Quantum key distribution (QKD) is a technique for sharing a random secret key by means of a quantum link between two distant partners, traditionally called Alice and Bob. For this purpose, an optical link is established with Alice acting as the sender and Bob as the receiver in a prepare-and-measure scenario, or with both receiving a signal from an intermediate source1. The secret key that is obtained may be used in any symmetric cryptographic algorithm including the one-time-pad encryption introduced by Vernam2 or computationally secure ciphers such as advanced encryption standard (AES).

QKD may be considered the first successful example of a quantum information protocol that reached the everyday applications. Indeed, commercial devices communicating via optical cables are already operated worldwide. The perspective use in free space is also considered very attractive. This use includes terrestrial links, in the case that it is not possible to use optical cables, or in the case that either terminal is moving, including the very relevant case of key exchange with orbiting terminals, that is, satellite QKD. This extension of the QKD application has been fostered for years, being included in the major Quantum Information Roadmaps3,4,5, and has been the subject of several feasibility studies6,7,8,9,10,11,12.

However, the intrinsic difficulties in its realization allowed only the experimental demonstration of the single-photon exchange with an orbiting terminal13. Moreover, in free-space links the gathering of light from the background is much more pronounced than for optical fibres. At the same time, in the case of long-distance terrestrial links or space to ground links, signal attenuation is typically greater by at least three orders of magnitude. As a consequence, strong noise overimposed to an attenuated signal results in a poor signal-to-noise ratio and in an increased quantum bit error rate (QBER) in the sifted key.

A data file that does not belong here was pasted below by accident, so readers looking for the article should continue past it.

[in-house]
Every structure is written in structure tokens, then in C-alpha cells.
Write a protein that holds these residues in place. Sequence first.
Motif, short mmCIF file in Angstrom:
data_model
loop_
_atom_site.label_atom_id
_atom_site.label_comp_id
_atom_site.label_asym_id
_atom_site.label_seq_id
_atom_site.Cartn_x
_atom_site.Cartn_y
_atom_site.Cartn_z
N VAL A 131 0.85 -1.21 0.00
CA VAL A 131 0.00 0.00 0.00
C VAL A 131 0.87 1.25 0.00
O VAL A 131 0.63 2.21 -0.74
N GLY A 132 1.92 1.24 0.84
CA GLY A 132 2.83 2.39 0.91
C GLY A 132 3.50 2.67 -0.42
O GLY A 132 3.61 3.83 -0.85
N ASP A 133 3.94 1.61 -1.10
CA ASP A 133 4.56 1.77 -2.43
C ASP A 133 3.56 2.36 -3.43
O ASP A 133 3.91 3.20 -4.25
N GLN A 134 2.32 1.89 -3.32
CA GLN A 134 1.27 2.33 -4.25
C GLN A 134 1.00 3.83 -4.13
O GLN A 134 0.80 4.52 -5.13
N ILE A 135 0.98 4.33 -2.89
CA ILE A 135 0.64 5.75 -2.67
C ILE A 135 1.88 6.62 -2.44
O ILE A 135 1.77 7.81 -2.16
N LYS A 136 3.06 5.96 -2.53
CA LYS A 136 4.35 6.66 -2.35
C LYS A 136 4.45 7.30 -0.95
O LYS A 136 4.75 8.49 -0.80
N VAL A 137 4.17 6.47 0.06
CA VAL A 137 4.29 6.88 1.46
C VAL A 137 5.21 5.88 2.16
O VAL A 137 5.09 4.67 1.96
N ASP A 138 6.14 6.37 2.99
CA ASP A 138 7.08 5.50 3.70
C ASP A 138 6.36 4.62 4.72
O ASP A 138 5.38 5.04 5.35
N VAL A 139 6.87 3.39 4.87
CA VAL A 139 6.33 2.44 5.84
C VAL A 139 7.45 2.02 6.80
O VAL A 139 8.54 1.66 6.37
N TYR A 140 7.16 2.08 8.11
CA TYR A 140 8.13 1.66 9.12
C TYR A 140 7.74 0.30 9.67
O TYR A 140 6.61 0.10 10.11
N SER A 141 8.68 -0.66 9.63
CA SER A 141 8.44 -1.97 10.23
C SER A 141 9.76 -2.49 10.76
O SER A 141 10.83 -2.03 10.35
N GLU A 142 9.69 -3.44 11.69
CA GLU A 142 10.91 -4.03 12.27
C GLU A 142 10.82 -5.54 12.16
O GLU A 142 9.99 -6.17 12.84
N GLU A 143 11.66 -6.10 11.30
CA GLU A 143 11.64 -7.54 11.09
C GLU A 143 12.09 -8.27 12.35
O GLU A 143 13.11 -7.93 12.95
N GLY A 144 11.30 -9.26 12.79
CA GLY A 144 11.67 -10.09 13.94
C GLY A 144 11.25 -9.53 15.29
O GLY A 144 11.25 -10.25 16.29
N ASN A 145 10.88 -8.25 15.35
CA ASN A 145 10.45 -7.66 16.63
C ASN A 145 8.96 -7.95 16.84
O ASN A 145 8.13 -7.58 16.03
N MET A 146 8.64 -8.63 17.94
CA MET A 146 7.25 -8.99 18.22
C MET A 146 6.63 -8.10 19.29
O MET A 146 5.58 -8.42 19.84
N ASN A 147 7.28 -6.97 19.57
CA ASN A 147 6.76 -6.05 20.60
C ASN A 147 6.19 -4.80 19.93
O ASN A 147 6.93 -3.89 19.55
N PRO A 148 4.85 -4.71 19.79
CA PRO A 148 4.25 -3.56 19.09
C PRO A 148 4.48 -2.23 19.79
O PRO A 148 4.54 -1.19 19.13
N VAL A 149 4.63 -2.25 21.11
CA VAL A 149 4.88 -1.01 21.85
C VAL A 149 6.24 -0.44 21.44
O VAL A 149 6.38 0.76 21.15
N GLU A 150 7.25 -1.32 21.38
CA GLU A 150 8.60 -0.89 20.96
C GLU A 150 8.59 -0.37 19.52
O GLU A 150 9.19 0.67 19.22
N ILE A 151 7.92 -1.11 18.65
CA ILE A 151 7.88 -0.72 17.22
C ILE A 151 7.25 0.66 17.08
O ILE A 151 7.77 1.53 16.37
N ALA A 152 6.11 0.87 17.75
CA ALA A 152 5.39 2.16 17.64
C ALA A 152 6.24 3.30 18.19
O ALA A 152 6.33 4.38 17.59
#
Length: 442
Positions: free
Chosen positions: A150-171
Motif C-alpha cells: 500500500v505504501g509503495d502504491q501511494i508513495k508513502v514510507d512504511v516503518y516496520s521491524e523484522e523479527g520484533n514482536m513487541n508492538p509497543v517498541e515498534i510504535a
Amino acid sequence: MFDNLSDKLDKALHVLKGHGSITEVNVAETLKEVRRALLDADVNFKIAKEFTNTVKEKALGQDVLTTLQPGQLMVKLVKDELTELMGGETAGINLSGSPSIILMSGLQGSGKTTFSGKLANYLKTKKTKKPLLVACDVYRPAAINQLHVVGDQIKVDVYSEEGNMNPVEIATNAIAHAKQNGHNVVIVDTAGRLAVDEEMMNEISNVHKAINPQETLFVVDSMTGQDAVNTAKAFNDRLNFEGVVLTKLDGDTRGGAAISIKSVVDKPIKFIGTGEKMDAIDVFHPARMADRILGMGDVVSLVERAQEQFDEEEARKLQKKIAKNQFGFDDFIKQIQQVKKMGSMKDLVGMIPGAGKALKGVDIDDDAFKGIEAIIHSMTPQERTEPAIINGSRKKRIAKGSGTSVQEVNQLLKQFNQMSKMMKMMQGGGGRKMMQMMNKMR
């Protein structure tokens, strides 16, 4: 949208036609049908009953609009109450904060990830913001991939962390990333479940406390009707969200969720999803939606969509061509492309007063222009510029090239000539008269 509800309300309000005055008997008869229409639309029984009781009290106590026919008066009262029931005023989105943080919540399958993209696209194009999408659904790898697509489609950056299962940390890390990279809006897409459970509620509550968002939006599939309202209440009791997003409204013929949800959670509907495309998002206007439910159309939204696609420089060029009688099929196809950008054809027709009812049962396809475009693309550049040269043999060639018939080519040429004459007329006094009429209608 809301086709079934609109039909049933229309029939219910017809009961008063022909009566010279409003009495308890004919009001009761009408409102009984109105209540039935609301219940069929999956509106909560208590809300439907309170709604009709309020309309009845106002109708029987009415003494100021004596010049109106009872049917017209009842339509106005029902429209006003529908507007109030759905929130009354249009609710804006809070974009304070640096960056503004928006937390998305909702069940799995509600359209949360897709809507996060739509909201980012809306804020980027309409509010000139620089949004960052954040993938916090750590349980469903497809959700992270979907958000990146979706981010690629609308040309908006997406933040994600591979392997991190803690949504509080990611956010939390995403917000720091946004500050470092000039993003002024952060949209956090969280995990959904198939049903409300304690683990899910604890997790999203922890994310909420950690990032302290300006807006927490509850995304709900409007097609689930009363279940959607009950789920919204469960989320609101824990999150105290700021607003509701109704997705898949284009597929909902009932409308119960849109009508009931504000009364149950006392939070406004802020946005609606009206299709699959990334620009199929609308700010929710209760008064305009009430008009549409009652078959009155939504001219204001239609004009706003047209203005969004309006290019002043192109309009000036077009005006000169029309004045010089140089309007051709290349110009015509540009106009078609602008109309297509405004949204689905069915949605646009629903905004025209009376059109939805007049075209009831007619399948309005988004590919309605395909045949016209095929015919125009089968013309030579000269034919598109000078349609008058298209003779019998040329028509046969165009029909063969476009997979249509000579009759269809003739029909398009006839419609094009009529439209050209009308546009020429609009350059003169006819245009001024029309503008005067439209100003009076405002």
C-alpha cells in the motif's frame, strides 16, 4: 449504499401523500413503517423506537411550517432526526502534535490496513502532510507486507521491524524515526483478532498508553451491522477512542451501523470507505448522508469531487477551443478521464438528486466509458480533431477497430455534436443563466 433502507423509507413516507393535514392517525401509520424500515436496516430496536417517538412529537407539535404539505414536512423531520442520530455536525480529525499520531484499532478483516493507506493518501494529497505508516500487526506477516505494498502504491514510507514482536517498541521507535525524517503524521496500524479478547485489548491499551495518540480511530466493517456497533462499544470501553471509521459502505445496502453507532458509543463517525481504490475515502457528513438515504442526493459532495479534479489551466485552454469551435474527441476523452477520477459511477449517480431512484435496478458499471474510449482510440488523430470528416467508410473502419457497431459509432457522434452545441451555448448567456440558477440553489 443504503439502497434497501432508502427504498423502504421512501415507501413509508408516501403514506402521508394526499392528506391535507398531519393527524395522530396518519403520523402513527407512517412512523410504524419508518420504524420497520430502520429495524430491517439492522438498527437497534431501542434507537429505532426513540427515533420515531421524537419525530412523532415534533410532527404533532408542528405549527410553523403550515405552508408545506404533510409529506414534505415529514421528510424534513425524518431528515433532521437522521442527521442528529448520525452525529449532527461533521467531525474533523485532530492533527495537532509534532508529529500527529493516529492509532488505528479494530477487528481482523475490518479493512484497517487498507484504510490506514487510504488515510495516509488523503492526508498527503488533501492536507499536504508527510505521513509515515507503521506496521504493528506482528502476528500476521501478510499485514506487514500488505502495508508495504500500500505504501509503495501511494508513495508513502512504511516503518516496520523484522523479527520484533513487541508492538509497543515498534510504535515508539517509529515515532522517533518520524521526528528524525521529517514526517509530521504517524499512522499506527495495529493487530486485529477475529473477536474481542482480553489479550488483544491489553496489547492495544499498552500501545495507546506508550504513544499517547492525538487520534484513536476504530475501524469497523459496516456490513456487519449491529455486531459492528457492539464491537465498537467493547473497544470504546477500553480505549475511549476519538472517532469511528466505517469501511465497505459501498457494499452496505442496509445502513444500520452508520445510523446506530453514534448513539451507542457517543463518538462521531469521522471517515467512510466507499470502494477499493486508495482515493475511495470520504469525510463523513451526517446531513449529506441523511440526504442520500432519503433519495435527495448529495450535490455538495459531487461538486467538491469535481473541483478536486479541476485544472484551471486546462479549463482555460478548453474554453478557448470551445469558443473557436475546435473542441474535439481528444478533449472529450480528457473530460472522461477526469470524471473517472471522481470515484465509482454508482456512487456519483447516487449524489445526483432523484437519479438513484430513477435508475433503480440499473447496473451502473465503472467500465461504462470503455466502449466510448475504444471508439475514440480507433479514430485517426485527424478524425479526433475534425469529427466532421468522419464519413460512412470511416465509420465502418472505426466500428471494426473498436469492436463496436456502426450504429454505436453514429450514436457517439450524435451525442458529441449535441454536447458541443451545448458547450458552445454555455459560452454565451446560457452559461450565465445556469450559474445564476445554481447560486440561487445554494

The experimental investigation of such limit is therefore of crucial interest, to open the way to direct experiments in the free-space QKD, and the recent result on finite-key bounds by Tomamichel et al.14 provides the necessary theoretical framework. As the final goal of this work, we aim to prove experimentally the bound for the number of exchanged raw key bits that is necessary to extract a secret key of desired length. This is the recipe needed to design the terminal dimension and performance in practical applications.

Any QKD protocol consists of a physical quantum communication layer and a post-processing layer, in which, by using a classical communication channel, the secret key is extracted from the raw data shared by the two terminals: first, the raw data are sifted to distil maximally correlated data between Alice and Bob, then an information reconciliation protocol is performed to correct the errors between the two users and finally a privacy amplification algorithm is used to ensure the secrecy of the final key.

A crucial parameter is the so-called secure key rate, that is, the ratio of the number of secret bits that can be extracted to the number of correlated, or raw, bits obtained in the quantum layer of the protocol. According to the standard QKD unconditional security proofs, the secret key rate is upper-bounded by the asymptotic limit that is achievable in the limit of infinitely long keys (see for example Scarani et al.1), with the use of shorter blocks leading to lower key rates. However, in QKD implementations, the length of processed blocks is chosen as a trade-off between link duration constraints and memory resources on one side and efficiency (in terms of secret key rate) on the other. This trade-off usually results in long blocks, of at least a million sifted bits. However, in some scenarios such a choice may rather be constrained by the physical channel, as in the perspective use with satellites, where the passage of the orbiting terminal over the ground station is restricted to a few minutes in the case of low-earth-orbit satellite13,9 or to a fraction of 1 h for the medium-earth-orbit ones10. Hence, for practical use of QKD in cryptography, it is of crucial importance to develop and test methods that give the achievable secure key rates in the bounded-key-length scenario, because the number of exchanged bits between the two parties is always finite. In the last years, great efforts from the quantum communication community were directed to this subject, because of its relevance for a number of application scenarios15,16,17,18,19,20,21. We would like to underline that all previous published experimental works on finite-size key security were based on a far more inefficient bound as compared with the one obtained in Tomamichel et al.14